• Do they understand and show the basics of sport specific movements being trained. Examples include fundamental shaping for gymnastics skills, basic mechanics for pitching, or mastery of barbell only clean/snatch movements in Olympic Lifting?

Movement Level Basics

  • Within the skill specific patterns, does the athlete possess the basic movement components required to complete them. Examples for this may include having adequate overhead mobility or squat depth to hit the Olympic lifting positions, having basic lumbopelvic strength during the gymnastics drills, or adequate single leg stability to transfer dynamic force during a baseball pitch?

Joint Level Basics

  • If the basic movement patterns are not demonstrated, we have to work backwards even further to check the joint level basics within each movement pattern.
  • Within the overhead mobility example, does the person show adequate thoracic spine mobility, glenohumeral capsular and soft tissue mobility, underlying scapular or rotator cuff strength, and basic dynamic stability? For the stride mechanics, is there adequate hip, ankle, and great toe mobility present, along with glute strength and internal hip co-contraction to tolerate the high forces being generated?

 

Where to start for checking off the basics depends on the client. It depends on if they are rehabilitation or performance based, their history, and their evaluation.

It’s important to remember these categories are not mutually exclusive. They are very much interactive. If someone is week 1 postoperative from an ACL surgery, I’m not really worried about his or her power clean mechanics just yet. But, I still may be considering sleep, nutrition, hydration, maintaining metabolic capacity, and training the uninvolved areas of the body to optimize their rehabilitation.

A gymnast or athlete who is not injured but comes to me for performance goals, we may spend more time on the skill specific movements and overall training concepts. However, if they are missing some fundamental strength and joint mobility we may consider that within the treatment sessions.

With this said, I do think that reading and trying to understand complicated concepts is important. After all the human body is pretty complex. To make progress in the fields of human movement, I think we need to break down these larger usually more theoretically constructs.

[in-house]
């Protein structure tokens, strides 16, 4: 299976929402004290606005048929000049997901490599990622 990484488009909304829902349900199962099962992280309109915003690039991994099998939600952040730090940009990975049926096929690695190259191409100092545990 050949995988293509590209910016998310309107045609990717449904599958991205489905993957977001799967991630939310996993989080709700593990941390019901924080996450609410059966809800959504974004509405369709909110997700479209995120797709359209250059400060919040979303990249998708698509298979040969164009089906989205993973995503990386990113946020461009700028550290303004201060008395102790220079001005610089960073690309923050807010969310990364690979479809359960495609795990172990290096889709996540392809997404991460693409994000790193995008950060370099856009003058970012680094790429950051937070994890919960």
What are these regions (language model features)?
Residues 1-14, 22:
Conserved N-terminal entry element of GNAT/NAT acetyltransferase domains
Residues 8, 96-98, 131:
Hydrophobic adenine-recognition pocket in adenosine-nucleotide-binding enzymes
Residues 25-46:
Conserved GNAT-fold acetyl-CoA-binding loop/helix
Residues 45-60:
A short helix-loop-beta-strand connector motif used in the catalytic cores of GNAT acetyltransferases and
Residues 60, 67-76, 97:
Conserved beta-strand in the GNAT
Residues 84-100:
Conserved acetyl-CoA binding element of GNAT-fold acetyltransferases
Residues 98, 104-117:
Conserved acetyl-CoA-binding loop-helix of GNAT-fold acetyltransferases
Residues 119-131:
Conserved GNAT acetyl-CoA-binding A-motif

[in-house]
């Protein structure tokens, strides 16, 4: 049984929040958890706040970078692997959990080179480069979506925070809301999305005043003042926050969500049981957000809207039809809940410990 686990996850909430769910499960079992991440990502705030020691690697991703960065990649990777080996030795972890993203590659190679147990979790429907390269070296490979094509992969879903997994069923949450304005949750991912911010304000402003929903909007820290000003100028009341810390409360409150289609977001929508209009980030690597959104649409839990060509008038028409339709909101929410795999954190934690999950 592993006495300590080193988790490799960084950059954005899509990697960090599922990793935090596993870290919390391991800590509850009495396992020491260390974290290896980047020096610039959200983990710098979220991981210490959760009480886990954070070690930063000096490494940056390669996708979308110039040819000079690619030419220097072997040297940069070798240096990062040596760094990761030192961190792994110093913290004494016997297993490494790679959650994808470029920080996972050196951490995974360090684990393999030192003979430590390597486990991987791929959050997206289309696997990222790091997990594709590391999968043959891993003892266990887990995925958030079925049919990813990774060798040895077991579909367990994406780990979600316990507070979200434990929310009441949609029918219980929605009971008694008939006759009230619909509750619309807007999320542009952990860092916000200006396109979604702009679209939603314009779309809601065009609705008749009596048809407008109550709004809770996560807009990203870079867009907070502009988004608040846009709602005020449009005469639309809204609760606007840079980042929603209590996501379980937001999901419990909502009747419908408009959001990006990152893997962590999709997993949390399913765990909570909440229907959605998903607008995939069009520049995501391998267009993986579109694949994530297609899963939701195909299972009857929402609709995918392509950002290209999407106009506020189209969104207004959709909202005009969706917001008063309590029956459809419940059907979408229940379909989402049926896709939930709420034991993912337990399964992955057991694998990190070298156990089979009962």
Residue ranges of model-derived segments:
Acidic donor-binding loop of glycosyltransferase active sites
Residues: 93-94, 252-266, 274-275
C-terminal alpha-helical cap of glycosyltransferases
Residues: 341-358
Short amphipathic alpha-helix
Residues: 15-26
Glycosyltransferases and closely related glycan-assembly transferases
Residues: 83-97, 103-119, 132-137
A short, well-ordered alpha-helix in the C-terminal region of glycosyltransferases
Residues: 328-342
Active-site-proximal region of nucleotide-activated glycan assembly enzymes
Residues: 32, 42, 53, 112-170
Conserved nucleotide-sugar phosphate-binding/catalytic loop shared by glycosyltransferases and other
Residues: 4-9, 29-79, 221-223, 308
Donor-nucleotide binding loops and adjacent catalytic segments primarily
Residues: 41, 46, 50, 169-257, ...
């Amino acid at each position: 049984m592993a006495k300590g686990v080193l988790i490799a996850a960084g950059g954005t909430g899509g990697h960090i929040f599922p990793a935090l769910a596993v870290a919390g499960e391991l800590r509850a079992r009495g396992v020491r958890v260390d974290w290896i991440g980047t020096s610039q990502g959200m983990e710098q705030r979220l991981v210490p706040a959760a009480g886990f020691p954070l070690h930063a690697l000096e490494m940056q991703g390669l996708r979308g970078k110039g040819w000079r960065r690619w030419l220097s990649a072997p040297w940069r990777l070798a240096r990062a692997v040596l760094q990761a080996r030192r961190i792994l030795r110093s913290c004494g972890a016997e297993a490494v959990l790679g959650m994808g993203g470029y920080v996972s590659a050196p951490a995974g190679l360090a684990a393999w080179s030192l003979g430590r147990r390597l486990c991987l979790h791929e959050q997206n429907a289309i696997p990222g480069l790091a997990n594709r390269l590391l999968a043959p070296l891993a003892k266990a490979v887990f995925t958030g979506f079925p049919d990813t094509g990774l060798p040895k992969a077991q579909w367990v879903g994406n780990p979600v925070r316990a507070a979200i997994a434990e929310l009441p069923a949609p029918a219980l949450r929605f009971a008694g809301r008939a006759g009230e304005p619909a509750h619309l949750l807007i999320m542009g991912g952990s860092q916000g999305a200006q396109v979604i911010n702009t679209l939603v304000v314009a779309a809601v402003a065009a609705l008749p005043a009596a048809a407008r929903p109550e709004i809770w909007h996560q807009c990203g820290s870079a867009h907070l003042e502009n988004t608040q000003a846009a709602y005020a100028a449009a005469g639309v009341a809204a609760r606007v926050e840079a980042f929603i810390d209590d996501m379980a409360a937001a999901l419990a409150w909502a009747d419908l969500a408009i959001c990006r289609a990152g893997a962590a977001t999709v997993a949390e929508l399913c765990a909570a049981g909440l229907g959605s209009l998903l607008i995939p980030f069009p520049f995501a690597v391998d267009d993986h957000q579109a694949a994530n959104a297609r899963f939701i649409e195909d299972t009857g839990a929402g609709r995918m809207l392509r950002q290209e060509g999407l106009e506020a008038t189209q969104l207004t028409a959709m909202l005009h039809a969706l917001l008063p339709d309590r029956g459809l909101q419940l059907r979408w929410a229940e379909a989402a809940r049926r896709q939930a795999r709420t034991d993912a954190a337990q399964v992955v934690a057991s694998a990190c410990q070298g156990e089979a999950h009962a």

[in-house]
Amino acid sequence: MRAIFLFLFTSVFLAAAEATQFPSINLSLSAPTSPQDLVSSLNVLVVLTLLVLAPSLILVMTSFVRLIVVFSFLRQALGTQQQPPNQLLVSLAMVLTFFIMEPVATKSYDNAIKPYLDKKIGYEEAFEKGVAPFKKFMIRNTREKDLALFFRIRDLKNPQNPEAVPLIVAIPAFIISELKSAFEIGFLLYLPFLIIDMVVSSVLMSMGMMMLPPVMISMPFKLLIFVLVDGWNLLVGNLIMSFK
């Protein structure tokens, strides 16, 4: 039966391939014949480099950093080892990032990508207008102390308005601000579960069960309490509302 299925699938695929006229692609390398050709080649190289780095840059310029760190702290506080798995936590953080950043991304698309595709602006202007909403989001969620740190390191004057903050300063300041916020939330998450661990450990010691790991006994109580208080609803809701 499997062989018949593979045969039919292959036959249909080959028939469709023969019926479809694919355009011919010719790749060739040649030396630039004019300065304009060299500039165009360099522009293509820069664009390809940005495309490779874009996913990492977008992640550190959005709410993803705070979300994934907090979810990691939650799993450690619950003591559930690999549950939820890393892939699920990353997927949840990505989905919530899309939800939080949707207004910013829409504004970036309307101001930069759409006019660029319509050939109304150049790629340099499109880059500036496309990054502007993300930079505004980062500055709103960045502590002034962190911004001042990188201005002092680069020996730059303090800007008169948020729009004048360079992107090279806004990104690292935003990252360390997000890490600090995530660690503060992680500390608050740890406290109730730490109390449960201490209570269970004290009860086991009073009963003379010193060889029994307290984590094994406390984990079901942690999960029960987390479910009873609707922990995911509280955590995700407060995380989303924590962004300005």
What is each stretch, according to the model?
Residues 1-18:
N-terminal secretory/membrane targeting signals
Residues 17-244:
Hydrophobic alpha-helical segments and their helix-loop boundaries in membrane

With that said, we have to always remember that basics and foundational concepts will always need to be in place. As people say, a house built on sand is doomed from the beginning. When troubleshooting a client’s lack of progress in training, rather than spending 30 minutes trying to correct their 3 degree tibial internal rotation asymmetry maybe we should consider the fact they averaged 5 hours of sleep and worked 10 hour days last week.

It’s good to take a step back and make sure we have addressed the low hanging fruit before we scale the entire tree. Only once the basics are covered can we start tackling more complex concepts to help optimize their movement or performance. Just a few thoughts from my point of view, but I hope people found this helpful to think about.

 

About the Author

Tilley-Headshot-400-widthDave Tilley, DPT, is a physical therapist at Champion PT and Performance. Dave comes from an extensive gymnastics background, being a former competitive athlete for 18 years and having 12 years of coaching experience. His unique background as a former athlete and current optional level coach gives him a one of a kind approach to the performance and rehabilitation of gymnasts.  Along with his clinical work, Dave is has a website, http://shiftmovementscience.com, that helps teach coaches, athletes, and healthcare providers about optimal performance and injury reduction concepts.